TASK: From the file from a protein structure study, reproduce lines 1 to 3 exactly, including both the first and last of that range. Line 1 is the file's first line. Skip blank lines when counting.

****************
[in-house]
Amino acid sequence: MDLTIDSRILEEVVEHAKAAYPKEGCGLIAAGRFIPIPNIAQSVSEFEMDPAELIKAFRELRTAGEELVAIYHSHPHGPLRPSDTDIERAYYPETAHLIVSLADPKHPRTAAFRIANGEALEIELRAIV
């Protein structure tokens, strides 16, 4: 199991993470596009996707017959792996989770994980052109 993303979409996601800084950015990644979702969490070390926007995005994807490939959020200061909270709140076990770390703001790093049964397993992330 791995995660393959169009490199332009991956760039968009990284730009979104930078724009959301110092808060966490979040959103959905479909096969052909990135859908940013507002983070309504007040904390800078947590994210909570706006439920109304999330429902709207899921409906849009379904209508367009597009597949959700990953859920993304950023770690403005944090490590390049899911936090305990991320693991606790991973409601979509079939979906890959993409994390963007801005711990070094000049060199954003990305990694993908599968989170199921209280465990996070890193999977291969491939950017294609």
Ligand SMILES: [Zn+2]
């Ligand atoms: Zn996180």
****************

[in-house]
Amino acid sequence: MDLTIDSRILEEVVEHAKAAYPKEGCGLIAAGRFIPIPNIAQSVSEFEMDPAELIKAFRELRTAGEELVAIYHSHPHGPLRPSDTDIERAYYPETAHLIVSLADPKHPRTAAFRIANGEALEIELRAIV
């Protein structure tokens, strides 16, 4: 199991993470596009996707017959792996989770994980052109 993303979409996601800084950015990644979702969490070390926007995005994807490939959020200061909270709140076990770390703001790093049964397993992330 791995995660393959169009490199332009991956760039968009990284730009979104930078724009959301110092808060966490979040959103959905479909096969052909990135859908940013507002983070309504007040904390800078947590994210909570706006439920109304999330429902709207899921409906849009379904209508367009597009597949959700990953859920993304950023770690403005944090490590390049899911936090305990991320693991606790991973409601979509079939979906890959993409994390963007801005711990070094000049060199954003990305990694993908599968989170199921209280465990996070890193999977291969491939950017294609």